Using Oral History Techniques in A NOAA Fisheries Service (NMFS) Education and Outreach Project: Preserving Local Fisheries Knowledge, Linking Generations, and Improving Environmental Literacy

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Abstract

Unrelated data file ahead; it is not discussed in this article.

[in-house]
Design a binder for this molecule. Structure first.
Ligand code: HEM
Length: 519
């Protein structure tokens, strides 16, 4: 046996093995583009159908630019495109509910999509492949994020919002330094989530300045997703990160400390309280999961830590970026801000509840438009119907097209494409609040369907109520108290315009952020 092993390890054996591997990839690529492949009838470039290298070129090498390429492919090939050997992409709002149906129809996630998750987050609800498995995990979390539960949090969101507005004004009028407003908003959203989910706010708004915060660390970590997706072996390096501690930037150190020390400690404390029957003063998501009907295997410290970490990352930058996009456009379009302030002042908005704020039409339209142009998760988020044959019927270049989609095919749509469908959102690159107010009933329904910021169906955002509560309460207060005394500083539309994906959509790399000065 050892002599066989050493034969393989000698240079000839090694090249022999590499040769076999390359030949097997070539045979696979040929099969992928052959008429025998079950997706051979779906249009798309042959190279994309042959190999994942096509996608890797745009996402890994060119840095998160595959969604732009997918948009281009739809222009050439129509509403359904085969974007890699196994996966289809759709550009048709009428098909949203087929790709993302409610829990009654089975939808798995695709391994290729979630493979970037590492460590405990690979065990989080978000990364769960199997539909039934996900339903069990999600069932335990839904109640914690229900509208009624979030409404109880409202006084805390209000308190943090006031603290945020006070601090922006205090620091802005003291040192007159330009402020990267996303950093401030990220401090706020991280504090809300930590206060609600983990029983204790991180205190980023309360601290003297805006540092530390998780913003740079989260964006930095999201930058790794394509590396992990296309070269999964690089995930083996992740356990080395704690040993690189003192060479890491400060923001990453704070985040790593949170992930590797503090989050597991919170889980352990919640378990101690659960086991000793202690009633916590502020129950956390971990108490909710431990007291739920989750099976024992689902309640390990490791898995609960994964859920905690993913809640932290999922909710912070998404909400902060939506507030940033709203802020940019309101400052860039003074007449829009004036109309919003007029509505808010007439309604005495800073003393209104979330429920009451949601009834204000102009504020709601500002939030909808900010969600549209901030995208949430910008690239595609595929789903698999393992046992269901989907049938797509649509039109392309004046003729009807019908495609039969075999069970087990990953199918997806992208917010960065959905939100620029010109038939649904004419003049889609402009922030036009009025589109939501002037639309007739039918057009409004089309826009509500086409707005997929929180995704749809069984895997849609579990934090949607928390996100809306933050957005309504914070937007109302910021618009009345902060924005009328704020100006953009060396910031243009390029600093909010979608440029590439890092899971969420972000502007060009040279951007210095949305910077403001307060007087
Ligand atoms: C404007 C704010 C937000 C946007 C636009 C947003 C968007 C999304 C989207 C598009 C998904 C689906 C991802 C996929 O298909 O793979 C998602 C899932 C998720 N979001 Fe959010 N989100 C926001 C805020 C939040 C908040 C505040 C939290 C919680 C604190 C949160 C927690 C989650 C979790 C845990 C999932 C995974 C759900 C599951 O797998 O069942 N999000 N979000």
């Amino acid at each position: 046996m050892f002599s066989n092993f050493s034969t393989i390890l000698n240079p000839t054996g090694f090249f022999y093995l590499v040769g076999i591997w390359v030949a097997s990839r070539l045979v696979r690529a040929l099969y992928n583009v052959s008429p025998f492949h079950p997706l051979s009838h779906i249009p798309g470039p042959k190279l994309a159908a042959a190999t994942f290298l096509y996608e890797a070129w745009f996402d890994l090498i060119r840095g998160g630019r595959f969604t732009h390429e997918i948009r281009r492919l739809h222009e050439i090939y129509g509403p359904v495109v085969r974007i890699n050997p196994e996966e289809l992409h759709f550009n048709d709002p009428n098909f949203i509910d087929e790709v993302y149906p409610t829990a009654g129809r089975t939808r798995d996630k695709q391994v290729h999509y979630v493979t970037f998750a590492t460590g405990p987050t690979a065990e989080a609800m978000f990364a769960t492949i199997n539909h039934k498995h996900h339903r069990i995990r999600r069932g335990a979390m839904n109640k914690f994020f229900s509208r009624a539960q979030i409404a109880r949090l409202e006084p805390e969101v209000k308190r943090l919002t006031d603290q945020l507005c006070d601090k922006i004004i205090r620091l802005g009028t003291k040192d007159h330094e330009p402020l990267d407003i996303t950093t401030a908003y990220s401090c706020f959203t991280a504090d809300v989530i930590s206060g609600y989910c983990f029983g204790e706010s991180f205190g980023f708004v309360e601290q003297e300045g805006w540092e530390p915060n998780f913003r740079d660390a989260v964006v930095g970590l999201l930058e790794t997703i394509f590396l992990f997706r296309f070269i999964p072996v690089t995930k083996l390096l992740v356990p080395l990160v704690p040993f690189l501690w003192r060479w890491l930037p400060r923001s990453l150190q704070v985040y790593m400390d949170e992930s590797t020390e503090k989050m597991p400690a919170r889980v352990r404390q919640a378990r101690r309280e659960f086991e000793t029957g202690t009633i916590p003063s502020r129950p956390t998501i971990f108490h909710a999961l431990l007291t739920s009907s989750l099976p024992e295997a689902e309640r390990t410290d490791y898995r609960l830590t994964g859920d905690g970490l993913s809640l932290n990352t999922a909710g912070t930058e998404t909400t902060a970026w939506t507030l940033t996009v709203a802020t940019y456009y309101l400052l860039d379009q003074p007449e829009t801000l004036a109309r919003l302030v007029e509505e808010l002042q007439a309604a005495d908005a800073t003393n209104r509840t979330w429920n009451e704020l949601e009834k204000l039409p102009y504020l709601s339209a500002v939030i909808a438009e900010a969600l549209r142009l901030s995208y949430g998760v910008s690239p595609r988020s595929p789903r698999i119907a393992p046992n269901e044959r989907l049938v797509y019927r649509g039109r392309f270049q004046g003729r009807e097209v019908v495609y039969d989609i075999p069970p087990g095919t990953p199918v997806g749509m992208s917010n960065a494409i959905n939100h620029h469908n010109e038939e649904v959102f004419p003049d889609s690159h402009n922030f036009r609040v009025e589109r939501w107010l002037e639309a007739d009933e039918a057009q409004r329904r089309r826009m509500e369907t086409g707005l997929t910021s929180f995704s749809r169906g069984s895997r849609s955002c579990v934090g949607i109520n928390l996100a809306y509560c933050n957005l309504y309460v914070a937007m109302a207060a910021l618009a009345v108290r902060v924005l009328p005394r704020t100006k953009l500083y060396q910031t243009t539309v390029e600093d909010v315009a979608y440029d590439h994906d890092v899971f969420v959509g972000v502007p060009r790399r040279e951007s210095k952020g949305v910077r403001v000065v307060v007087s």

Oral historical interviews are a core activity in a successful outreach and education project piloted by the National Oceanic and Atmospheric Administration (NOAA)'s National Marine Fisheries Service (NMFS) in two Maine high schools between 2003 and 2005. Through interviews with local fishermen and others in fishing-related industries, Local Fisheries Knowledge (LFK) Pilot Project students have explored the connections between fisheries, the marine environment, their communities, and their own lives, while documenting and preserving the knowledge and experiences of local residents for future generations. This article describes the pilot project's use of oral history methods, and discusses the project's role in three agency interest areas: (1) public outreach, (2) education, and (3) documenting fishing communities' lifeways and local fisheries knowledge.

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